Freedom From A Tyrant

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Chapter 2

I woke up in the middle of the night dripping wet and panting like a Marathon Runner. The window was wide open, rain was whipping in and soaking my bed. I’d woken up from another one of my horribly vivid nightmares. I got out of bed and went to the kitchen for some water, still panting wildly as warm tears slid down my cheeks. I sat in the living room by the window and watched the storm winds play violently with the few puny trees that lay sparsely on the block. My mind was clouded with thought of the turmoil the kids and I had had suffered at the hands of their father over the years.

It’s only been two years since he’d been locked up in that mental hospital, but the memories still haunted me like it was just yesterday. Then suddenly a cold chill shot up my spine, and a more terrifying thought struck me like a ton of bricks. What if, just what if he had somehow gotten out and was trying to find me and the kids? I reclined in the chair, willed my heart rate to slow, closed my eyes and forced myself to relax.

I sat there as the hours dragged on then suddenly, a splash came from the pool. Bewildered, I went to see what was going on, but no one was there. I saw my wedding dress floating in the pool. Getting down on my knees I tried to retrieve it, but it was out of my reach. I stretched my arm out as far as I could; it drifted closer to the tips of my fingers. I clawed at it and managed to get hold of it and began to pull it to me.

Gradually I brought it closer until it was in my palm. It looked at it wondering how it got here. It brought back a flood of emotions and memories. He wanted to be a part of organizing our wedding. It was his way of showing that he loved me and wanted to be a part of every aspect of my life. Unreal as it may sound; he chose that dress for me. If he really did love me, those days were a thing of the past now. I balled it up and attempted to stand, when the rough grip pattern of a shoe pressed into my back. Someone kicked me into the cold embrace of the water. I came up and gasped for air, but as soon as I resurfaced, I was plunged back into the water. A palm spread out over my head kept me submerged for a few seconds. I grabbed and clawed at the hand to get free, but whoever was above was too strong. Then I was free. I resurfaced, took a big gasp and filled my lungs with air. My vision blurred from the water and hair plastered over my eyes. But I recognized the vague figure of a man dressed in black at the edge of the pool. Before I could take a closer look, I was plunged back under the water, fighting for my life. He had repeated the process many times and I was completely terrified and exhausted.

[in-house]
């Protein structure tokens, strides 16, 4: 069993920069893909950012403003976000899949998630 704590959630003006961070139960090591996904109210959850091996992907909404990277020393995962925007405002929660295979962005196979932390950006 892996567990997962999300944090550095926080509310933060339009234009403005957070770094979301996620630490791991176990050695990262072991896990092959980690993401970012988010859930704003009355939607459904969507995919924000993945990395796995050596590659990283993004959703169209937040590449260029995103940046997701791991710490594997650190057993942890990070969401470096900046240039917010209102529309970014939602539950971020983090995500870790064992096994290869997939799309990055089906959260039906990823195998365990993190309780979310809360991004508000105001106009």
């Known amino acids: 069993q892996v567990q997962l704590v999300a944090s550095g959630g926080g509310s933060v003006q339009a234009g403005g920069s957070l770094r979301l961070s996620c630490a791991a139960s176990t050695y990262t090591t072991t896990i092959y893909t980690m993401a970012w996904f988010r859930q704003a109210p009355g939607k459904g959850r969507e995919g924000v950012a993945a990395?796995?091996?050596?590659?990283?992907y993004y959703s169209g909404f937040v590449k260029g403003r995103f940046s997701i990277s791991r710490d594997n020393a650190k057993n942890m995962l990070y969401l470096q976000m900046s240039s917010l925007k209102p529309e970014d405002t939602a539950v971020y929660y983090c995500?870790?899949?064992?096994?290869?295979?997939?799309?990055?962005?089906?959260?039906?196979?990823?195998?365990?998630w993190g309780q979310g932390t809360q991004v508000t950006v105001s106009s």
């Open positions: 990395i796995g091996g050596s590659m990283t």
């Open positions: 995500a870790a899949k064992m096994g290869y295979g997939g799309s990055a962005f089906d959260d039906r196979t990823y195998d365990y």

He grabbed a fistful of my hair, my ribs scrapped against the edge of the pool as I was hauled up, and flopped down on the grass like a dead fish. I was lying face down, choking and gasping for air. Raising my head to look at my attacker, I saw a pair of black boots laced up to the ankle. Joseph I said. My scalp ignited as he grabbed another handful of hair and dragged me across the lawn. His slippery gloved hands wrapped around my throat, and pressed me against the French doors of the kitchen. My eyes burned and tears began to roll down my cheeks as I sank my nails into his skin. His cold merciless stare pierced my very soul. I opened my mouth to let out a scream, then the phone rang. I woke up and found myself sitting by the window still clutching the glass of water in my hand.

Helen was calling, I knew, she was practically the only person that called my number. And most mornings she’d call to help me get out of the house on time. I got up and moved to the phone, and glanced at the clock. It was getting really late. Thankfully, the boys were still with their aunt for the weekend.

“Why aren’t you here yet?”

“I just got up. I had a rough night.” I said yawning and stretching.

“I’m sorry to hear that, but you’re going to be late Karen; if you don’t get here soon, you will be late for the third time this week. Try to get here before Mrs. Jennings gets in.” Her voice was sympathetic and filled with love.

“I’m getting ready right now.”

She giggled, and hung up the phone. I got ready as quickly as I could and ran to catch the bus, which I was usually late for. But today was the mother of lateness. The bus was already leaving when I arrived.

“Wait hold on, I’m here, stop I’m here!”